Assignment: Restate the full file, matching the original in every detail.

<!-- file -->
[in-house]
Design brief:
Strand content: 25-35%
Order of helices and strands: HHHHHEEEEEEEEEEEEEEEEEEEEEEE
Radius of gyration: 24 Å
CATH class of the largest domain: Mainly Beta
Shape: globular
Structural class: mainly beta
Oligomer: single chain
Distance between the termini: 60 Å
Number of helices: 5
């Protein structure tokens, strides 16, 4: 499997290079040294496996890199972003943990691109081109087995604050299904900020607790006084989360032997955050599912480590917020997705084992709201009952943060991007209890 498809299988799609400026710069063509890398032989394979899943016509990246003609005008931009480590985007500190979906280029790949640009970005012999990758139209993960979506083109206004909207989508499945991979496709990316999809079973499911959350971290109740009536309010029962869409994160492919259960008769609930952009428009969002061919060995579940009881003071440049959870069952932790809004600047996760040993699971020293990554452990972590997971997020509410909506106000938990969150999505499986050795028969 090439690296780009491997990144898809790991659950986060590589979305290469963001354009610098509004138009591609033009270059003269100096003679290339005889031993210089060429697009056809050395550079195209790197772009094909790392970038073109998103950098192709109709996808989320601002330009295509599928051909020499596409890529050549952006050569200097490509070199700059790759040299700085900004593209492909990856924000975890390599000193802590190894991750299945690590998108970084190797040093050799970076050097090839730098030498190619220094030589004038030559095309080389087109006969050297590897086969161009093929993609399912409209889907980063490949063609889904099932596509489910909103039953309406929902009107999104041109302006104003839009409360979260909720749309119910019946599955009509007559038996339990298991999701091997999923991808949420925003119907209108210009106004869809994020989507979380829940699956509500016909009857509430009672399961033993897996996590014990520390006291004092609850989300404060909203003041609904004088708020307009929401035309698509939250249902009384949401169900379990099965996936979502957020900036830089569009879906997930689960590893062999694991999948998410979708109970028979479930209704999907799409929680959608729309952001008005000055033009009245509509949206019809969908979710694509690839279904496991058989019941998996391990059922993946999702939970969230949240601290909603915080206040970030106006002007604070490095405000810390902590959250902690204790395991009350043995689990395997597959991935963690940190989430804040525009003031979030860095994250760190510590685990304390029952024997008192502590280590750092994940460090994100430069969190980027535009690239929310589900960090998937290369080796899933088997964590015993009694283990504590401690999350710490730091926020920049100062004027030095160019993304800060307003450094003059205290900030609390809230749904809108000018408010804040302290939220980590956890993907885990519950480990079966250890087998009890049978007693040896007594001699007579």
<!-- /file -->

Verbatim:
[in-house]
Design brief:
Strand content: 25-35%
Order of helices and strands: HHHHHEEEEEEEEEEEEEEEEEEEEEEE
Radius of gyration: 24 Å
CATH class of the largest domain: Mainly Beta
Shape: globular
Structural class: mainly beta
Oligomer: single chain
Distance between the termini: 60 Å
Number of helices: 5
């Protein structure tokens, strides 16, 4: 499997290079040294496996890199972003943990691109081109087995604050299904900020607790006084989360032997955050599912480590917020997705084992709201009952943060991007209890 498809299988799609400026710069063509890398032989394979899943016509990246003609005008931009480590985007500190979906280029790949640009970005012999990758139209993960979506083109206004909207989508499945991979496709990316999809079973499911959350971290109740009536309010029962869409994160492919259960008769609930952009428009969002061919060995579940009881003071440049959870069952932790809004600047996760040993699971020293990554452990972590997971997020509410909506106000938990969150999505499986050795028969 090439690296780009491997990144898809790991659950986060590589979305290469963001354009610098509004138009591609033009270059003269100096003679290339005889031993210089060429697009056809050395550079195209790197772009094909790392970038073109998103950098192709109709996808989320601002330009295509599928051909020499596409890529050549952006050569200097490509070199700059790759040299700085900004593209492909990856924000975890390599000193802590190894991750299945690590998108970084190797040093050799970076050097090839730098030498190619220094030589004038030559095309080389087109006969050297590897086969161009093929993609399912409209889907980063490949063609889904099932596509489910909103039953309406929902009107999104041109302006104003839009409360979260909720749309119910019946599955009509007559038996339990298991999701091997999923991808949420925003119907209108210009106004869809994020989507979380829940699956509500016909009857509430009672399961033993897996996590014990520390006291004092609850989300404060909203003041609904004088708020307009929401035309698509939250249902009384949401169900379990099965996936979502957020900036830089569009879906997930689960590893062999694991999948998410979708109970028979479930209704999907799409929680959608729309952001008005000055033009009245509509949206019809969908979710694509690839279904496991058989019941998996391990059922993946999702939970969230949240601290909603915080206040970030106006002007604070490095405000810390902590959250902690204790395991009350043995689990395997597959991935963690940190989430804040525009003031979030860095994250760190510590685990304390029952024997008192502590280590750092994940460090994100430069969190980027535009690239929310589900960090998937290369080796899933088997964590015993009694283990504590401690999350710490730091926020920049100062004027030095160019993304800060307003450094003059205290900030609390809230749904809108000018408010804040302290939220980590956890993907885990519950480990079966250890087998009890049978007693040896007594001699007579």